Because this is a frequent enforcement area for the SEC, we are providing this primer on how firms can place functioning controls around their trading to prevent violations of Regulation M, Rule 105 (the “Rule”).
- The Rule:
The Rule prohibits buying securities in secondary offerings when the buyer has executed short sales in the same security within a “Restricted Period” of time prior to the pricing of an offering. The Rule covers:
- Equity securities;
- Purchased from an underwriter or other distribution participant;
- That are offered on a firm-commitment basis; and
- Are a SEC-registered offering for cash or a Regulation A or E offering for cash.
The prohibition is on short sales within the Restricted Period prior to pricing the offering. The Restricted Period is the shorter of:
- The five business days prior to pricing; or
- The time period commencing with the initial filing of the registration statement (registered offerings) or notification (Regulation A or E offerings).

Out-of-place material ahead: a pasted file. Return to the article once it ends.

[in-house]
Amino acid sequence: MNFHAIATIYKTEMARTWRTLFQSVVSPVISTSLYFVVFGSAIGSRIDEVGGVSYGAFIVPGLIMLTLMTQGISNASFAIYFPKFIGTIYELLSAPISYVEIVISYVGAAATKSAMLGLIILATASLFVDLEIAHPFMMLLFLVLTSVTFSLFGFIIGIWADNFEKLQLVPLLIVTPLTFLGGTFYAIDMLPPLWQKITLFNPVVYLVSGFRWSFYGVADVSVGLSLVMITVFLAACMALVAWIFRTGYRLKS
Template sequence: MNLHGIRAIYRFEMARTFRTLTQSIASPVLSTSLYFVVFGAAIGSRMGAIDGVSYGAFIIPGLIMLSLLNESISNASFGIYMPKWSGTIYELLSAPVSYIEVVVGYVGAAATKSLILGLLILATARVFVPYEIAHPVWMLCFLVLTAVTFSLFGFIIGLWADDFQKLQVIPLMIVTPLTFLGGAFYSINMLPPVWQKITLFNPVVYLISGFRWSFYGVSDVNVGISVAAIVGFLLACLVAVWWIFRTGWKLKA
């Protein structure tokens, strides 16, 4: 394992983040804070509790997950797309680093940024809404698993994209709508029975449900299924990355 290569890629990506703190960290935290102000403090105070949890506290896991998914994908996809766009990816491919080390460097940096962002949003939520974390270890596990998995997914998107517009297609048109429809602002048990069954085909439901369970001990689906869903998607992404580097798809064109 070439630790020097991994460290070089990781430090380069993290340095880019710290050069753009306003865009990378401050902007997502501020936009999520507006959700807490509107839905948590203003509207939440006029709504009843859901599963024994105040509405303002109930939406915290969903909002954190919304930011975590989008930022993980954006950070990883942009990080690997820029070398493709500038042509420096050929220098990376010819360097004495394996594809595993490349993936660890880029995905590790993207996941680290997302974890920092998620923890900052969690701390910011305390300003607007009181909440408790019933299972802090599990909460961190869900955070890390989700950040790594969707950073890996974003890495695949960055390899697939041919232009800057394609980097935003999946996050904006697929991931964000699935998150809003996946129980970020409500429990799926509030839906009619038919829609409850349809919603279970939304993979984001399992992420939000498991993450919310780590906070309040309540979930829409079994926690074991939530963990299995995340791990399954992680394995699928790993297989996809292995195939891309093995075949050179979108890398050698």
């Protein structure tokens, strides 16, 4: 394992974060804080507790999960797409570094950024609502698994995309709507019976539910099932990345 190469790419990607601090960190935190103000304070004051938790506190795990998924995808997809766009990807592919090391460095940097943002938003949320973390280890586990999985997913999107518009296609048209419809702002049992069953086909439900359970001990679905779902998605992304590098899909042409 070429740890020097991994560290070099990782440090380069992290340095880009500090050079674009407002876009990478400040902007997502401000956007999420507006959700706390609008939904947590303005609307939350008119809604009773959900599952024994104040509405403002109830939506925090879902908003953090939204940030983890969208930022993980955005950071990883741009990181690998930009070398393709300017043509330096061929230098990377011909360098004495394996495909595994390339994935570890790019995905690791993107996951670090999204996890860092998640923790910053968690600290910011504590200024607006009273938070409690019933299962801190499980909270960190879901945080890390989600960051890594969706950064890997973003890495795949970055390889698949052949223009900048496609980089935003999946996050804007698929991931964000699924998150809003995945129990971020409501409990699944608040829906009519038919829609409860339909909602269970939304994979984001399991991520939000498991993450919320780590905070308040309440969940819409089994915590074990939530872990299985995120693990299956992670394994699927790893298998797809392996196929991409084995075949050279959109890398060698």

In each case, the Restricted Period ends with the pricing of the offering.
- Key Exceptions:
There are three exceptions to the Rule, two of which are covered below (the third is for registered investment companies).
- Bona Fide Purchase. A short sale during the Restricted Period will not trigger the prohibition if a subsequent bona fide purchase is made. Both the short sale and the bona fide purchase must meet the following criteria:
-Purchase(s) must occur after the last Restricted Period short sale and be at least equivalent to the aggregate amount of Restricted Period short sale(s);
-Purchase(s) must be reported transactions effected during regular trading hours and no later than the end of regular trading on the business day prior to the day of pricing;
-Any of the Restricted Period short sales that were reported transactions must have been effected prior to the last 30 minutes of regular trading on the business day prior to the day of pricing;